• East Asia and Pacific is the second-ranked region in rule of law, behind Western Europe and North America. New Zealand and Singapore are the top performers in the 2016 rankings, ranking 8th and 9th respectively out of 113 countries worldwide. The biggest mover was Vietnam, rising 7 positions to 67th globally. The biggest decliner was the Philippines, dropping 9 positions to 70th. Malaysia and Republic of Korea also recorded significant declines.

  • Eastern Europe and Central Asia’s leader is Georgia, ranking 34th out of 113 countries worldwide, followed by Bosnia and Herzegovina and Macedonia, FYR. Apart from Albania, Turkey, and Russia, most countries in this region remained largely unchanged since 2015. Albania dropped 9 positions to 72nd globally; Turkey fell 8 positions to 99th; and Russia moved down 6 positions to 92nd.

  • Latin America and the Caribbean’s top performer is Uruguay at 20th out of 113 countries, followed by Costa Rica and Chile. Argentina was the biggest mover, jumping 12 spots up to the 51st position worldwide. Meanwhile, El Salvador lost 8 positions, while Venezuela is the weakest performer among all the 113 indexed countries.

  • Middle East and North Africa’s top performer among the 7 countries indexed in this region is the United Arab Emirates, at 33rd overall. Iran climbed 13 positions to 86th, while Egypt dropped the same number of positions to 110th out of 113 countries worldwide.

  • South Asia’s top performer is Nepal, coming in at 63rd position globally. With the exception of Nepal, which dropped 5 positions in 2016, the performance of most countries in this region remained in line with last year.


Daily Thoughts from Exodus: Taking Law into Our Own Hands

“Whoever strikes a man so that he dies shall be put to death. But if he did not lie in wait for him, but God let him fall into his hand, then I will appoint for you a place to which he may flee. But if a man willfully attacks another to kill him by cunning, you shall take him from my altar, that he may die.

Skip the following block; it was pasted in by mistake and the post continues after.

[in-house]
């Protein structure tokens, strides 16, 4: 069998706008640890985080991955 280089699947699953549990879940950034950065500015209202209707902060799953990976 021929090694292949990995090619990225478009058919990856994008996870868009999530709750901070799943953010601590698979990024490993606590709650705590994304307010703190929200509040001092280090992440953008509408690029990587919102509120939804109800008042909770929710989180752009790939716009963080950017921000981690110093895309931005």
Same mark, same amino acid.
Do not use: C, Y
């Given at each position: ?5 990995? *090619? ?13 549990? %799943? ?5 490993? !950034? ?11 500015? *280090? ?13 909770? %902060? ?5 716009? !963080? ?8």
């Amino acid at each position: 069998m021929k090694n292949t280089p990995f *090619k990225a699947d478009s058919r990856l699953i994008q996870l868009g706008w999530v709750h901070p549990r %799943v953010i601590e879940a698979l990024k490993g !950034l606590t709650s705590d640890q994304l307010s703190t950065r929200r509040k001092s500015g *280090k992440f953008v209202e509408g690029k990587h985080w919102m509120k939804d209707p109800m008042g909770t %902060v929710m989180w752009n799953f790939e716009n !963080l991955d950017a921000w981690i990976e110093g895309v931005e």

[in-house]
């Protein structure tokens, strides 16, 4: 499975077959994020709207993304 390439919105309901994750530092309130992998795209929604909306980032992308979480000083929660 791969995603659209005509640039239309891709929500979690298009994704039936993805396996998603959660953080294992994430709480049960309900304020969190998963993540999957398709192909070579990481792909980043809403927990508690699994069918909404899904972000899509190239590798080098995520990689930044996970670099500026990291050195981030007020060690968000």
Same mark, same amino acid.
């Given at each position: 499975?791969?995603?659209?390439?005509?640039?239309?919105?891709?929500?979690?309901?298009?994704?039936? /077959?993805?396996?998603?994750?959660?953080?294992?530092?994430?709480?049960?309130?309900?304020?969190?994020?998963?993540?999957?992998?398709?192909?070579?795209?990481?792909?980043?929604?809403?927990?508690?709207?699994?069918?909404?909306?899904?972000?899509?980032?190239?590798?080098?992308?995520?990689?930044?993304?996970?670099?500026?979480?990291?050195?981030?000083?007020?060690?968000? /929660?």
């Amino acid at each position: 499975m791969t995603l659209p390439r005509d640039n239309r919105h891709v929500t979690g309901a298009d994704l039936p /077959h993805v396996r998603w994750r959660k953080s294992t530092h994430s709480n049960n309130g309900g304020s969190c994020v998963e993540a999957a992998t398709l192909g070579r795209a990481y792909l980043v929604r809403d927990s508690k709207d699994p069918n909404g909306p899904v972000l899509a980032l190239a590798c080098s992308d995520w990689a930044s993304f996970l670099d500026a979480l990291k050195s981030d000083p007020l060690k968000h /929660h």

“Whoever strikes his father or his mother shall be put to death.

“Whoever steals a man and sells him, and anyone found in possession of him, shall be put to death.

“Whoever curses his father or his mother shall be put to death.

“When men quarrel and one strikes the other with a stone or with his fist and the man does not die but takes to his bed, then if the man rises again and walks outdoors with his staff, he who struck him shall be clear; only he shall pay for the loss of his time, and shall have him thoroughly healed.

“When a man strikes his slave, male or female, with a rod and the slave dies under his hand, he shall be avenged. But if the slave survives a day or two, he is not to be avenged, for the slave is his money.

“When men strive together and hit a pregnant woman, so that her children come out, but there is no harm, the one who hit her shall surely be fined, as the woman’s husband shall impose on him, and he shall pay as the judges determine. But if there is harm, then you shall pay life for life, eye for eye, tooth for tooth, hand for hand, foot for foot, burn for burn, wound for wound, stripe for stripe.

“When a man strikes the eye of his slave, male or female, and destroys it, he shall let the slave go free because of his eye. If he knocks out the tooth of his slave, male or female, he shall let the slave go free because of his tooth.

“When an ox gores a man or a woman to death, the ox shall be stoned, and its flesh shall not be eaten, but the owner of the ox shall not be liable. But if the ox has been accustomed to gore in the past, and its owner has been warned but has not kept it in, and it kills a man or a woman, the ox shall be stoned, and its owner also shall be put to death. If a ransom is imposed on him, then he shall give for the redemption of his life whatever is imposed on him. If it gores a man’s son or daughter, he shall be dealt with according to this same rule. If the ox gores a slave, male or female, the owner shall give to their master thirty shekels of silver, and the ox shall be stoned. (Exodus 21:12-32, ESV)

How shall the law concerning murder be implemented and interpreted for the community? God gives several cases that will help judges determine how to impose justice in this regard:

– Committing murder should result in the death penalty. However, a distinction is made between premeditated murder and what we call manslaughter. In the case of manslaughter (God let the deceased fall into the hands of the killer) immediate imposition of the death penalty shall wait until there can be a hearing in a city designated by God to where the killer may flee and await justice. If it is obvious that it was premeditated, death may be instant.